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Sword in the Stone (Essential Modern Classics) (Collins Modern Classics) Paperback – 3 Mar 2008

4.2 out of 5 stars 36 customer reviews

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Product details

  • Paperback: 368 pages
  • Publisher: HarperCollins Children's Books; New Ed edition (3 Mar. 2008)
  • Language: English
  • ISBN-10: 000726349X
  • ISBN-13: 978-0007263493
  • Product Dimensions: 13 x 2.7 x 19.7 cm
  • Average Customer Review: 4.2 out of 5 stars  See all reviews (36 customer reviews)
  • Amazon Bestsellers Rank: 12,123 in Books (See Top 100 in Books)

Product Description

Review

“Funny and wise” Cressida Cowell, author of ‘How to Train Your Dragon’

From the Publisher

This new edition of T.H White's classic story includes a special "Why You'll Love This Book" introduction by bestselling-author, Garth Nix.

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Customer Reviews

Top Customer Reviews

Format: Paperback Verified Purchase
it's wonderful to have this alternate version of the first part of The Once & Future King, but this edition is marred by gormless copyediting that "corrects" much of White's wordplay, destroying part of the book's wit and charm, and sorely disappointing readers who know and love this book. the publishers owe us all a revised edition.
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Format: Paperback Verified Purchase
I read this book when I was a child (pre-teen, I think) and loved it. Then I grew up and decided I should read more 'grown-up' books, so I bought T. H. White's 'The Once and Future King'. That contains a version of 'The Sword in the Stone', but that version is pitched at adults and the magic is different. Yes, Wart is still turned into animals, but there's no battle with Madam Mim!

For years I promised myself that I'd buy this book. I'm glad I did. It's like meeting an old friend that you haven't seen for years.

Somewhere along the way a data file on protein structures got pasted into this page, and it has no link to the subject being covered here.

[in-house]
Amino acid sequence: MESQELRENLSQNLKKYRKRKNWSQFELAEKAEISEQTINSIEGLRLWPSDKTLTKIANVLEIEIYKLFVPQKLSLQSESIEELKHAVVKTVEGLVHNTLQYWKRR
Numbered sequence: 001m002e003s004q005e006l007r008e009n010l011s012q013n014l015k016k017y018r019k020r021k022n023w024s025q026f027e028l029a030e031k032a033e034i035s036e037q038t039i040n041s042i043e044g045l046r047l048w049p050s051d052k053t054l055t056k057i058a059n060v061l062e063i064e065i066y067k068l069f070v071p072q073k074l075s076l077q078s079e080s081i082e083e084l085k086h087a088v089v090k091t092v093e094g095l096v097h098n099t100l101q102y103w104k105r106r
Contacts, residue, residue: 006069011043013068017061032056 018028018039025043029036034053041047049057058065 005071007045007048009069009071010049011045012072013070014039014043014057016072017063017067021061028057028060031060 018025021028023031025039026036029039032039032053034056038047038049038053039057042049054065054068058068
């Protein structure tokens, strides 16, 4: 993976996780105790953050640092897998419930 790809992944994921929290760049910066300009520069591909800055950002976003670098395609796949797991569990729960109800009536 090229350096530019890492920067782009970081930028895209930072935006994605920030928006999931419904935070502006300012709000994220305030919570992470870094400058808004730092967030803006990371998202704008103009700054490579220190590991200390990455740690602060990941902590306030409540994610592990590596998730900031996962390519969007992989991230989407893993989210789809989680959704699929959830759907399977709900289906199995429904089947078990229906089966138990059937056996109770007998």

If you have a pre-teen/early-teens child who enjoys funny stories about magic, this is a good book to give them. If you're an over-grown kid who likes funny stories about magic, like me, get this book. If you're an adult who wants more 'grown-up' Arthurian stories, get 'The Once and Future King'. They're both good books.
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Format: Paperback
This is undoubtedly one of the best books I have ever read, and is highly deserving of its place as a 'classic'. Unfortunately, to many people being dubbed a classic suggests that a book must be boring. Far from it! Forget Disney's rendition of 'The Sword in the Stone', because it doesn't come anywhere near the literary prowess, intricate descriptions and luxurious fantasy of this masterpiece. If, on the other hand, you have seen the film 'Excalibur' then you have an idea of the immensely wise, slightly insane and incredibly funny character of Merlin that you will meet in this book.

White tells a fascinating story, builds interesting and enjoyable characters and fleshes the story out with excellent descriptions of bygone pursuits, such as falconry and questing, ancient customs and agriculture, interwoven with magic that spans centuries and civilisations at times. The character of Merlin is particularly enjoyable, and although the book is perhaps a little slow in the first couple of chapters, once Merlin comes on the scene we are whisked off on one magical journey after another.